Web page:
Tennessee Titans should consider a short-term extension for Marcus Mariota

EAST RUTHERFORD, NJ - DECEMBER 16: Marcus Mariota #8 of the Tennessee Titans attempts a pass against the New York Giants at MetLife Stadium on December 16, 2018 in East Rutherford, New Jersey. (Photo by Steven Ryan/Getty Images)
EAST RUTHERFORD, NJ - DECEMBER 16: Marcus Mariota #8 of the Tennessee Titans attempts a pass against the New York Giants at MetLife Stadium on December 16, 2018 in East Rutherford, New Jersey. (Photo by Steven Ryan/Getty Images) /

Signing Mariota to a short-term extension would improve the Titans 2019 cap situation and grant them additional time to make a decision on his future in Nashville.

On February 24, 2018, something happened that brought much joy to Titans fans: the Jaguars had extended Blake Bortles. On the surface, it seemed like a head-scratching move for the Jags. Bortles was one of the more underwhelming starting QBs in the NFL, and most people assumed that the Jaguars would have moved on from him after he played out his 5th year option.

However, dig a little deeper and you can see why the move made sense for Jacksonville. It also raises the question whether a similarly structured extension might benefit the Titans in regards to Marcus Mariota.

Once people got done laughing at seeing the words “Bortles” and “extension” in close proximity to each other they realized that it was a relatively team friendly deal. Robert Mays of the Ringer penned a good article at the time, explaining that the Jaguars were taking a calculated gamble on Bortles. The extension was for 3 years, $54M, but only $26.5M of that was guaranteed, with most of that being lumped in the first two years.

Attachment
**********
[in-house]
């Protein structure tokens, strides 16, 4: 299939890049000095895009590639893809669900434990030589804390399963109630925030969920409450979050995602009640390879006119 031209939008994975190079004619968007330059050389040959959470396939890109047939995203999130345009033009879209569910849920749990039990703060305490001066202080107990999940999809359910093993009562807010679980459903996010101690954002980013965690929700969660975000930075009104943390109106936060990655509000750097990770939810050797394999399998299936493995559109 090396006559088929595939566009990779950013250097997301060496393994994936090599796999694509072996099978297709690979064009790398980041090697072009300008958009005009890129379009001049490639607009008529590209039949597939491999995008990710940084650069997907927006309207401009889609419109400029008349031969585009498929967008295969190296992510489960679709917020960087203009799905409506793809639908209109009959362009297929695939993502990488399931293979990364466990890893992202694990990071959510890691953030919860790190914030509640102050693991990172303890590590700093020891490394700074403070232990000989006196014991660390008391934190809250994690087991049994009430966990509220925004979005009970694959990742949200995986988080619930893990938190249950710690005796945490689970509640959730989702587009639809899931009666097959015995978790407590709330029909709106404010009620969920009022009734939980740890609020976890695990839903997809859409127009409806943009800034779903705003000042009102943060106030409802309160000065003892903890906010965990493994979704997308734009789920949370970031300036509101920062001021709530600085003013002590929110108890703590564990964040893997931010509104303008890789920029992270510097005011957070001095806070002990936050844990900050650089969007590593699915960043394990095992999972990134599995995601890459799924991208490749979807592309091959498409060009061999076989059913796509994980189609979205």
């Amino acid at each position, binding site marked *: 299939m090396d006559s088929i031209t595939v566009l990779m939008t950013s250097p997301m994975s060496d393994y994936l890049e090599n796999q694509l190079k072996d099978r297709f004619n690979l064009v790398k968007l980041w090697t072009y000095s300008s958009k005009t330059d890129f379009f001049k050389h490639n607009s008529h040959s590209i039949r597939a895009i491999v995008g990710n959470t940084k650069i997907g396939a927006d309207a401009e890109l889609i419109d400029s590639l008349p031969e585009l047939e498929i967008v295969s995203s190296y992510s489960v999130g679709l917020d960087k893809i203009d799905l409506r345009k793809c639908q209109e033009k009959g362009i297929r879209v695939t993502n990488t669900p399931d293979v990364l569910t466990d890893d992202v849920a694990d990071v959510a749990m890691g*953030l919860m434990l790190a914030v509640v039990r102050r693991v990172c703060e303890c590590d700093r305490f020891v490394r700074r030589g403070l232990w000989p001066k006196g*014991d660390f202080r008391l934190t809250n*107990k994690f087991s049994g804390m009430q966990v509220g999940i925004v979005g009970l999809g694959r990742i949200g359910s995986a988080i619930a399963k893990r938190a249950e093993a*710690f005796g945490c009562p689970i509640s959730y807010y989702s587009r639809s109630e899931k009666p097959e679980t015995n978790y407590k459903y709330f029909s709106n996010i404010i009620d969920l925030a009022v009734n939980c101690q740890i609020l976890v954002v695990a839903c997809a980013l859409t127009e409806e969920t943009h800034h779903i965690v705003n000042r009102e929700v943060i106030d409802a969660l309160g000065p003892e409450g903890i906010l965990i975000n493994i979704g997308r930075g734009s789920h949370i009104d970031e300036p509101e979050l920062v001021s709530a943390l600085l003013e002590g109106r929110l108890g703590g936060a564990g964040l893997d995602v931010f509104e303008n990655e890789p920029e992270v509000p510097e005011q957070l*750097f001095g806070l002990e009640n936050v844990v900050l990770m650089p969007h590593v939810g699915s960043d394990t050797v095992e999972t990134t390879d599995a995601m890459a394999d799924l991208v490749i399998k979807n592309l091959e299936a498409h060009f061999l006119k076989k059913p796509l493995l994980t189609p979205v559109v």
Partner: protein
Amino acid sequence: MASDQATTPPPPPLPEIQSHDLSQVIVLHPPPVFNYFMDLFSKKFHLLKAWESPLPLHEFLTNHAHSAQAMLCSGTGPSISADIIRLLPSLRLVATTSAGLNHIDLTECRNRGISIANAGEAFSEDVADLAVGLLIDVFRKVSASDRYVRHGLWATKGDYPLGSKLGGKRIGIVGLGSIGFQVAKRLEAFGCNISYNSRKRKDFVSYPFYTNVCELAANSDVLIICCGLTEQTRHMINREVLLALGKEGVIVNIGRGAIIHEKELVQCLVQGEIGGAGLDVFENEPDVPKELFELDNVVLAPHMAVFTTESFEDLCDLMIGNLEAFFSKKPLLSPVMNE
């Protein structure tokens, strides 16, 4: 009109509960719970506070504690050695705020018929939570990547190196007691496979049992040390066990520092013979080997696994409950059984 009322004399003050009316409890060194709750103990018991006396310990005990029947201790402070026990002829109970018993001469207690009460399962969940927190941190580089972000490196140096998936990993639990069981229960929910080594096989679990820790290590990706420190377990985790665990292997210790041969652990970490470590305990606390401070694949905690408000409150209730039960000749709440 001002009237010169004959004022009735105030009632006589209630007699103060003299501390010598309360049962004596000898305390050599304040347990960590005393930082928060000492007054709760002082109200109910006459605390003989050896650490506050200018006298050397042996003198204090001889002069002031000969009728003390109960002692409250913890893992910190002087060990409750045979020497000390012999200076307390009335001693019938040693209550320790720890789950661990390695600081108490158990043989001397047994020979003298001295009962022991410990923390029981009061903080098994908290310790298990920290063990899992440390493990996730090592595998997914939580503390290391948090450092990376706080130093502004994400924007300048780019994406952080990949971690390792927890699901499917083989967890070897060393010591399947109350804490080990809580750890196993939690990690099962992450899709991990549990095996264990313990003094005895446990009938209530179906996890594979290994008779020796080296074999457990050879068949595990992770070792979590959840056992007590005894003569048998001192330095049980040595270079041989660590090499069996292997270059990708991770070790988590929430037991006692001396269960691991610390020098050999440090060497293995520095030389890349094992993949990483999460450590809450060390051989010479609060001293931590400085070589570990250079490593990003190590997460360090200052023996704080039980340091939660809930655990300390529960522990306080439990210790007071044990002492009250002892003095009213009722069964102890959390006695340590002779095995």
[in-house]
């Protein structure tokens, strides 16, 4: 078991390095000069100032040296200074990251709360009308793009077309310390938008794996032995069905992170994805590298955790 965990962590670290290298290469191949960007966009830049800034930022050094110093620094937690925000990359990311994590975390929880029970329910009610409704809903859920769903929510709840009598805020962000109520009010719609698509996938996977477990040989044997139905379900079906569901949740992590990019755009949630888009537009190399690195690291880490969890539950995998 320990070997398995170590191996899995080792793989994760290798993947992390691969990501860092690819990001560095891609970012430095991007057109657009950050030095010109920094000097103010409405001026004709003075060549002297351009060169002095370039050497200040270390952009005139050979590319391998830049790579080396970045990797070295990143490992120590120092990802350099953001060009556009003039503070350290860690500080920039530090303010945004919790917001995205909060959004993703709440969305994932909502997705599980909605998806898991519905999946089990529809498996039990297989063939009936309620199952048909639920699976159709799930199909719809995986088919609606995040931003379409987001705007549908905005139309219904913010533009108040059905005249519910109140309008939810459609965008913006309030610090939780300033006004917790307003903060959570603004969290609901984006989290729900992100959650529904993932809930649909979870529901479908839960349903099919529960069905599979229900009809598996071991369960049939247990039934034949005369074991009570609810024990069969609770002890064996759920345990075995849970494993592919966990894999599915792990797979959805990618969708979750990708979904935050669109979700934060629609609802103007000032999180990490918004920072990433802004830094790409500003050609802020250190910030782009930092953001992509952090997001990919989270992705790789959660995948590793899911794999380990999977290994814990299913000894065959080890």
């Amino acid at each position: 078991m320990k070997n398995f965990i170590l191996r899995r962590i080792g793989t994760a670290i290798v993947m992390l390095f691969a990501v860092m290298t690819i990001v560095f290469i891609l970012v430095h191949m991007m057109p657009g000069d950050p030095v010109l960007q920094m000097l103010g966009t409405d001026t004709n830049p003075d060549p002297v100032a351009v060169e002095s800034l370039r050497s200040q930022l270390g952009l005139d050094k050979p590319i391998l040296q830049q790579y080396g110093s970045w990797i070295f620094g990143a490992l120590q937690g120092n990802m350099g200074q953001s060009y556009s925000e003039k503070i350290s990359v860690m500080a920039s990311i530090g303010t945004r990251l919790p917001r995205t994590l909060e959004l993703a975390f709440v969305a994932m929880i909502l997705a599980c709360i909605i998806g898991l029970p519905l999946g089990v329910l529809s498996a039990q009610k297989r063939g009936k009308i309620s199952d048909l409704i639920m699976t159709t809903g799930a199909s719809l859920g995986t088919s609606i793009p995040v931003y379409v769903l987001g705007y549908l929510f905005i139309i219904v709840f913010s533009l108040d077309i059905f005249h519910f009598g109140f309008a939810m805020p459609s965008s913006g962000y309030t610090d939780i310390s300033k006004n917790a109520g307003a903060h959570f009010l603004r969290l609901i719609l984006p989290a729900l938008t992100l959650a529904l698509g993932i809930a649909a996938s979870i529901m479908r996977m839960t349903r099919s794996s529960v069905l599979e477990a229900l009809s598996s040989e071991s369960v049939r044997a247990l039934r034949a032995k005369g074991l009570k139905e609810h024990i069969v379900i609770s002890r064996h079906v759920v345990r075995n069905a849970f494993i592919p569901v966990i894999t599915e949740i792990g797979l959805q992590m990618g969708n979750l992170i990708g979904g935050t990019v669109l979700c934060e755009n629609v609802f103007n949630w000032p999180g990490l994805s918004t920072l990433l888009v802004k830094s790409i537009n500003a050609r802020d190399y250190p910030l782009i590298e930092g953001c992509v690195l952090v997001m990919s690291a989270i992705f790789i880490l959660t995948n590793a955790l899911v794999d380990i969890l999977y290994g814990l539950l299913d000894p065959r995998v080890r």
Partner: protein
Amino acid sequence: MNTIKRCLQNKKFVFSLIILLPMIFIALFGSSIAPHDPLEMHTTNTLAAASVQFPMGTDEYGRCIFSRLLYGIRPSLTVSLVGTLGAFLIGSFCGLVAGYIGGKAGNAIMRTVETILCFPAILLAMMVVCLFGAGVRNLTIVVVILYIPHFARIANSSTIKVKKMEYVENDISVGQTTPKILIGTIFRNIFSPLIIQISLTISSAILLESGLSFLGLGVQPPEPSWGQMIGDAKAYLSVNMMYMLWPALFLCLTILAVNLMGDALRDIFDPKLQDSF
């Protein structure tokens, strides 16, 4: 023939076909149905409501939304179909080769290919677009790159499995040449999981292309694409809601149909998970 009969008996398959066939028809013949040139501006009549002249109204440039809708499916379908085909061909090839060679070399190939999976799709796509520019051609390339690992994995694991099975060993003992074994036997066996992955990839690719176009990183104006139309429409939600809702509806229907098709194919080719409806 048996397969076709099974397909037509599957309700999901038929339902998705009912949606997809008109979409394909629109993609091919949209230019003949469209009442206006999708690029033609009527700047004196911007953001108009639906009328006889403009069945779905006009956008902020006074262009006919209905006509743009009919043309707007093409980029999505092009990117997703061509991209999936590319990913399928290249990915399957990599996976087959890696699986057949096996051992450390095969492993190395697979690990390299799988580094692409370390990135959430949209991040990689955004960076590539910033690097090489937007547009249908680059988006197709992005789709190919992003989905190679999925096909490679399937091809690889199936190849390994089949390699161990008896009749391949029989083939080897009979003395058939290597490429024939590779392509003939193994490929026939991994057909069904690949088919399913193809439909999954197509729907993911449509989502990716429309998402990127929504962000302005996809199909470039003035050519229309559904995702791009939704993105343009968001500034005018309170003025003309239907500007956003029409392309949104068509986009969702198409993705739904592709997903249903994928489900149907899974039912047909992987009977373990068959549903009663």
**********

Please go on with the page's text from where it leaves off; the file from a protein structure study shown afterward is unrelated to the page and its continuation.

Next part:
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Furthermore, his 2018 cap hit was set to be $19M thanks to his exercised 5th year option, but that figure was dropped down to $10M thanks to the extension. This gave the Jaguars more cap room to swing for the fences in free agency, allowing them to splurge on guard Andrew Norwell and other complimentary pieces. The Jaguars were banking on the fact that Bortles could be just good enough to allow their defense to carry them to the Super Bowl.

The Titans now find themselves in a tricky situation with their own young quarterback. His career up to this point is incredibly hard to judge; there have been plenty of highs and just as many lows. Bill Barnwell probably sums it up best:

"We’ve seen Mariota play four seasons as a pro quarterback. What we know is … well, not much. He is capable of great plays and has a knack for big conversions in the fourth quarter, but there also are games in which he looks out of sorts from the start. Mariota struggles with turnovers, as the Oregon product has a below-average interception rate and nine or more fumbles in three of his four seasons…What you can say with the utmost confidence, though, is that it’s difficult to count on Mariota to stay healthy for all 16 games. He has yet to do it as a pro, suffering a meaningful injury each year, though he has missed only eight games across four seasons."

The point of this post isn’t to start a debate on whether or not Mariota is “the guy”. No matter your opinion of him you can admit that there have been flashes of greatness, but also that inconsistency and injuries have been constant themes. It wouldn’t make sense for the Titans to sign him to a long-term deal, but he has shown too much promise to cut ties just yet.

Realistically, the Titans have 3 options when it comes to Marcus. The first would be to let him walk in 2020 if he continues his struggles with injuries and inconsistent play. The second option would be to franchise him if he plays well (and stays healthy) in 2019. This is convenient in terms of flexibility and lack of commitment, but that would mean approximately $47M in cap hits for Mariota over the next two seasons. I think the best option would be to sign Mariota to a short-term extension that would offer reduced cap hits and limited commitment.